When in Madras, i used to watch people doing it -- with my usual awe :)

Used to wonder at the speed of their hands :)

Good Post, Raaji..thoroughly enjoyed. :)

wishes,
devika

Joseph Pulikotil said...

Hi Raji :)

Very interesting post and lovely photos.

Kolam festival appears to be very grand and drawing a lot of spectators. Some of the kolams are spectacular.

I was surprised to see that even men are participating in this festival. I always thought that kolam was the presreve of women because I have not seen any man drawing kolam when I was in Chennai. Times have changed. Just as women are invading mens bastions, men are also competing with women. This is a good sign. In the end who won? Men or women? Of course women must have won because they participate in large numbers compared to men and also due to the fact that women have years of experience.

I hope those small children drawing kolams would have got at least a consolation prize!

Your assistant looks very smart. She has drawn a beautiful kolam.

Many ladies in Chennai will not start their day without a kolam in front of their house. That shows their discipline and dedication apart from the fact it is a tradition.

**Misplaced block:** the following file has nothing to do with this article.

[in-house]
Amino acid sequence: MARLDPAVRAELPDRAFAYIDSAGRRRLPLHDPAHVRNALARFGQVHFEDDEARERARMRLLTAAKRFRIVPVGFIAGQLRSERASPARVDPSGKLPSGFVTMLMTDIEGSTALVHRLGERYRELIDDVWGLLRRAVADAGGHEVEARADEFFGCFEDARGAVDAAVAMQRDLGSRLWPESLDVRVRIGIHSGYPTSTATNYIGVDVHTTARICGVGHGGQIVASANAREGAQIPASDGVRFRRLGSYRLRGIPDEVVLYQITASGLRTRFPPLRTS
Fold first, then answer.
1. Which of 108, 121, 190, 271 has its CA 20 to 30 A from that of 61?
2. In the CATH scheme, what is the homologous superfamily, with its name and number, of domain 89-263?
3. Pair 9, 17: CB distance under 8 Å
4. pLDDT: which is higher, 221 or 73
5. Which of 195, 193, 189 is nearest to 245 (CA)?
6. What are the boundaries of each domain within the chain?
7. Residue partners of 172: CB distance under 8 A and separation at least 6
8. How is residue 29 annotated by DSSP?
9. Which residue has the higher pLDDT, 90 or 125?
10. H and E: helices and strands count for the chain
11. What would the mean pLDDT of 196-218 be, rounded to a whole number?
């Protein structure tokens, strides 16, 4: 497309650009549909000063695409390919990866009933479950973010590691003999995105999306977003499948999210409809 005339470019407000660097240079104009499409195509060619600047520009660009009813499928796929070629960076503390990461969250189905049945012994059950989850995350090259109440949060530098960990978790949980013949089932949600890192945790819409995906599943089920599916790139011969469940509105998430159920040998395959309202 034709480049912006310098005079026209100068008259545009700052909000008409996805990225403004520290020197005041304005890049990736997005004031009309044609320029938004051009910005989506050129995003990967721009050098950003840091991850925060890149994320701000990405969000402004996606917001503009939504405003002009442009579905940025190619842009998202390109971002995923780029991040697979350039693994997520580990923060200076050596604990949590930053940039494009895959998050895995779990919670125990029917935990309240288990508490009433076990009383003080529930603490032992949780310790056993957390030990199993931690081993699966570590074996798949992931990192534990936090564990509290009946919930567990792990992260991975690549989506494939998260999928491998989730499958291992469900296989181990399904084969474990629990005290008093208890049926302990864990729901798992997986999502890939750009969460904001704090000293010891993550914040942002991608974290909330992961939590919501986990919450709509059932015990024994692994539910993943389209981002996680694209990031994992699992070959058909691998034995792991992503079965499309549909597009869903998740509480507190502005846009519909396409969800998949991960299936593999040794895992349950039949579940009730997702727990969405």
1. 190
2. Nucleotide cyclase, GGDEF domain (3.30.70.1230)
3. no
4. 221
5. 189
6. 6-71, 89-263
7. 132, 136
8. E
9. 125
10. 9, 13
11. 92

Many thanks for the excellent post.

Best wishes :)

Marites said...

awesome! I can only imagine the time spent making them beautifully perfect.

namaki said...

I am Raji !I missed visiting your blog as well... but I 've had so much worrk lately ...
Anyway, I love those drawings ...some are very complicated, it's a real art, an inspiration !

HelenJ said...

Amazing! What an effort to create this!
I hope I someday can see this in real life - I have never been to Inda. Yet...
/Helen

Kamini said...

Lovely, Raji. It makes me so happy to see that this wonderful tradition is thriving.

tsiya said...

Amazing patience. It is good to keep old art forms alive. Thanks for sharing this!

Soul Searcher said...

Great Pictures... I am not the best person to comment on a kolam because the best I can do is two triangles to form a star and embelish it with arcs and dots.

And it took me the best part of a decade to achieve even that :-)

Glennis said...

Such wonderful intricate patterns are amazingly all done by hand! Thanks for sharing this, I like best the last shot of your neighbours servants design with the colours and the handing decorations too, really first class.

Kat said...

I always used to admire seeing the fingers deftly running between the dots, leaving a trail and finally a beautiful design emerges.

Nice to see so many people enthusiastically participating.